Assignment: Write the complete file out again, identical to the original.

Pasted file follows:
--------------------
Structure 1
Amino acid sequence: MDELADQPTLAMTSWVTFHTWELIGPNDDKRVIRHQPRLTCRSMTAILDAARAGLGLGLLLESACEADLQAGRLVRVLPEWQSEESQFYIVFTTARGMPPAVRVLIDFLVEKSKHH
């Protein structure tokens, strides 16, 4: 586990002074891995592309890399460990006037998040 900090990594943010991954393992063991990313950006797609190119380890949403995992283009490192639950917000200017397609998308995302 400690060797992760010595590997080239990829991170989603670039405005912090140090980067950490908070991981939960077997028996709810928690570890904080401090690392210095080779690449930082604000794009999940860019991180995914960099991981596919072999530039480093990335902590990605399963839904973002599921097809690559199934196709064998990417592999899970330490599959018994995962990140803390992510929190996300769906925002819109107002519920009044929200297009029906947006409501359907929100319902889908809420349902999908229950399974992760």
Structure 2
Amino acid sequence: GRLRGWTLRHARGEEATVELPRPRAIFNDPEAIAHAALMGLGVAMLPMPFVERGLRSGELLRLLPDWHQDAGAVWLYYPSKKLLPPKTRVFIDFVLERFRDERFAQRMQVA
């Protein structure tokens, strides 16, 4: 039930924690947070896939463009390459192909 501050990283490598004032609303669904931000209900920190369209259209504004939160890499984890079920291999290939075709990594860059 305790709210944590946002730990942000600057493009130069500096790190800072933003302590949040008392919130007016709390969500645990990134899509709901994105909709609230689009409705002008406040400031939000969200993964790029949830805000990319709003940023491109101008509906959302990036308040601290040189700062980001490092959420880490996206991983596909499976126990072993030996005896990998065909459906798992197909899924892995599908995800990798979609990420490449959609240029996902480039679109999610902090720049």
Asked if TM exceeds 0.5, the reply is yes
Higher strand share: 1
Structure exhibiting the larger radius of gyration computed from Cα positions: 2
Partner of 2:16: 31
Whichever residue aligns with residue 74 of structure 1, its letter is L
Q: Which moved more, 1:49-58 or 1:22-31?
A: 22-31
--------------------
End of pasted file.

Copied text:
Structure 1
Amino acid sequence: MDELADQPTLAMTSWVTFHTWELIGPNDDKRVIRHQPRLTCRSMTAILDAARAGLGLGLLLESACEADLQAGRLVRVLPEWQSEESQFYIVFTTARGMPPAVRVLIDFLVEKSKHH
């Protein structure tokens, strides 16, 4: 586990002074891995592309890399460990006037998040 900090990594943010991954393992063991990313950006797609190119380890949403995992283009490192639950917000200017397609998308995302 400690060797992760010595590997080239990829991170989603670039405005912090140090980067950490908070991981939960077997028996709810928690570890904080401090690392210095080779690449930082604000794009999940860019991180995914960099991981596919072999530039480093990335902590990605399963839904973002599921097809690559199934196709064998990417592999899970330490599959018994995962990140803390992510929190996300769906925002819109107002519920009044929200297009029906947006409501359907929100319902889908809420349902999908229950399974992760």
Structure 2
Amino acid sequence: GRLRGWTLRHARGEEATVELPRPRAIFNDPEAIAHAALMGLGVAMLPMPFVERGLRSGELLRLLPDWHQDAGAVWLYYPSKKLLPPKTRVFIDFVLERFRDERFAQRMQVA
């Protein structure tokens, strides 16, 4: 039930924690947070896939463009390459192909 501050990283490598004032609303669904931000209900920190369209259209504004939160890499984890079920291999290939075709990594860059 305790709210944590946002730990942000600057493009130069500096790190800072933003302590949040008392919130007016709390969500645990990134899509709901994105909709609230689009409705002008406040400031939000969200993964790029949830805000990319709003940023491109101008509906959302990036308040601290040189700062980001490092959420880490996206991983596909499976126990072993030996005896990998065909459906798992197909899924892995599908995800990798979609990420490449959609240029996902480039679109999610902090720049």
Asked if TM exceeds 0.5, the reply is yes
Higher strand share: 1
Structure exhibiting the larger radius of gyration computed from Cα positions: 2
Partner of 2:16: 31
Whichever residue aligns with residue 74 of structure 1, its letter is L
Q: Which moved more, 1:49-58 or 1:22-31?
A: 22-31